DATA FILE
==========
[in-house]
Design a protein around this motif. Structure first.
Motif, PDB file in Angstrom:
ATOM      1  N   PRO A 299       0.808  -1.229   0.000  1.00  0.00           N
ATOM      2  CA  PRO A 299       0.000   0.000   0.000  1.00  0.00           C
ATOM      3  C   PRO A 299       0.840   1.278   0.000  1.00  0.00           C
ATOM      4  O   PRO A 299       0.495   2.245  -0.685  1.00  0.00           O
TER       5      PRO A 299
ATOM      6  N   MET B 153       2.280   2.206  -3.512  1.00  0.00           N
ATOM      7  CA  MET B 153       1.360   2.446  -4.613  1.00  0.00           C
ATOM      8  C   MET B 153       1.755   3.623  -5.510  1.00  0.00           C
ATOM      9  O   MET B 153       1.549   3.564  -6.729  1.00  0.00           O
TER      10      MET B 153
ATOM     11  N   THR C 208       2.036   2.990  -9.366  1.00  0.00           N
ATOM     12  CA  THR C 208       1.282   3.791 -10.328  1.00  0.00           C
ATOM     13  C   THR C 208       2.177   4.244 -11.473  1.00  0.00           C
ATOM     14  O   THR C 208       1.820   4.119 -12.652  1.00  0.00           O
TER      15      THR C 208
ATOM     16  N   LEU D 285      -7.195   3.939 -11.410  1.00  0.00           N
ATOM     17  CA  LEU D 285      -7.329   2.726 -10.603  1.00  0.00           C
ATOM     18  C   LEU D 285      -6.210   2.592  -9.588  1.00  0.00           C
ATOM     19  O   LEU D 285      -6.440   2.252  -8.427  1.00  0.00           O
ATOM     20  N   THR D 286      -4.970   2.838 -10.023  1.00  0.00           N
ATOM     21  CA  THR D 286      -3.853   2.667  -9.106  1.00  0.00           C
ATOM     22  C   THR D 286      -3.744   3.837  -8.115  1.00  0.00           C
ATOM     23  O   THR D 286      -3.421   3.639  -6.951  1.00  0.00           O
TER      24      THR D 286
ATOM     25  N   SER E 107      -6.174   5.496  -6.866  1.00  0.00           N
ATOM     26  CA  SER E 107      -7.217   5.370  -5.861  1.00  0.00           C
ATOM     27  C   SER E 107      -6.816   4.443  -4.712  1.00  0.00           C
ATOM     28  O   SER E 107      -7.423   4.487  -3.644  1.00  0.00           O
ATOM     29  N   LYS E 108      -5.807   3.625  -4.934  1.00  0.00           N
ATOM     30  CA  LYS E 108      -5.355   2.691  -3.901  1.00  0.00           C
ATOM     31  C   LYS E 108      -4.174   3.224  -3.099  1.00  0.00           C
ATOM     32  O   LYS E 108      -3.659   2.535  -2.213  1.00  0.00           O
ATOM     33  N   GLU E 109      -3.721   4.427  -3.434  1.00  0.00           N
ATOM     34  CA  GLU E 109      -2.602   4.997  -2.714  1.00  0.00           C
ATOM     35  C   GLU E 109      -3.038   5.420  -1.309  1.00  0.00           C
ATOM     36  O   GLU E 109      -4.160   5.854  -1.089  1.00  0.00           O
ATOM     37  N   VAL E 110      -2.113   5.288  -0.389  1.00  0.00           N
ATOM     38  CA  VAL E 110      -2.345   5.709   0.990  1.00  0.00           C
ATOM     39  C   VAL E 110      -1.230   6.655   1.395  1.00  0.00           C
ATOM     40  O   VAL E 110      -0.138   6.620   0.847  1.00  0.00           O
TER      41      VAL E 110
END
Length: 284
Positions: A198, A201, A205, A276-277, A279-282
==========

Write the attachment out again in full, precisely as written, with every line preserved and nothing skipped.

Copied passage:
[in-house]
Design a protein around this motif. Structure first.
Motif, PDB file in Angstrom:
ATOM      1  N   PRO A 299       0.808  -1.229   0.000  1.00  0.00           N
ATOM      2  CA  PRO A 299       0.000   0.000   0.000  1.00  0.00           C
ATOM      3  C   PRO A 299       0.840   1.278   0.000  1.00  0.00           C
ATOM      4  O   PRO A 299       0.495   2.245  -0.685  1.00  0.00           O
TER       5      PRO A 299
ATOM      6  N   MET B 153       2.280   2.206  -3.512  1.00  0.00           N
ATOM      7  CA  MET B 153       1.360   2.446  -4.613  1.00  0.00           C
ATOM      8  C   MET B 153       1.755   3.623  -5.510  1.00  0.00           C
ATOM      9  O   MET B 153       1.549   3.564  -6.729  1.00  0.00           O
TER      10      MET B 153
ATOM     11  N   THR C 208       2.036   2.990  -9.366  1.00  0.00           N
ATOM     12  CA  THR C 208       1.282   3.791 -10.328  1.00  0.00           C
ATOM     13  C   THR C 208       2.177   4.244 -11.473  1.00  0.00           C
ATOM     14  O   THR C 208       1.820   4.119 -12.652  1.00  0.00           O
TER      15      THR C 208
ATOM     16  N   LEU D 285      -7.195   3.939 -11.410  1.00  0.00           N
ATOM     17  CA  LEU D 285      -7.329   2.726 -10.603  1.00  0.00           C
ATOM     18  C   LEU D 285      -6.210   2.592  -9.588  1.00  0.00           C
ATOM     19  O   LEU D 285      -6.440   2.252  -8.427  1.00  0.00           O
ATOM     20  N   THR D 286      -4.970   2.838 -10.023  1.00  0.00           N
ATOM     21  CA  THR D 286      -3.853   2.667  -9.106  1.00  0.00           C
ATOM     22  C   THR D 286      -3.744   3.837  -8.115  1.00  0.00           C
ATOM     23  O   THR D 286      -3.421   3.639  -6.951  1.00  0.00           O
TER      24      THR D 286
ATOM     25  N   SER E 107      -6.174   5.496  -6.866  1.00  0.00           N
ATOM     26  CA  SER E 107      -7.217   5.370  -5.861  1.00  0.00           C
ATOM     27  C   SER E 107      -6.816   4.443  -4.712  1.00  0.00           C
ATOM     28  O   SER E 107      -7.423   4.487  -3.644  1.00  0.00           O
ATOM     29  N   LYS E 108      -5.807   3.625  -4.934  1.00  0.00           N
ATOM     30  CA  LYS E 108      -5.355   2.691  -3.901  1.00  0.00           C
ATOM     31  C   LYS E 108      -4.174   3.224  -3.099  1.00  0.00           C
ATOM     32  O   LYS E 108      -3.659   2.535  -2.213  1.00  0.00           O
ATOM     33  N   GLU E 109      -3.721   4.427  -3.434  1.00  0.00           N
ATOM     34  CA  GLU E 109      -2.602   4.997  -2.714  1.00  0.00           C
ATOM     35  C   GLU E 109      -3.038   5.420  -1.309  1.00  0.00           C
ATOM     36  O   GLU E 109      -4.160   5.854  -1.089  1.00  0.00           O
ATOM     37  N   VAL E 110      -2.113   5.288  -0.389  1.00  0.00           N
ATOM     38  CA  VAL E 110      -2.345   5.709   0.990  1.00  0.00           C
ATOM     39  C   VAL E 110      -1.230   6.655   1.395  1.00  0.00           C
ATOM     40  O   VAL E 110      -0.138   6.620   0.847  1.00  0.00           O
TER      41      VAL E 110
END
Length: 284
Positions: A198, A201, A205, A276-277, A279-282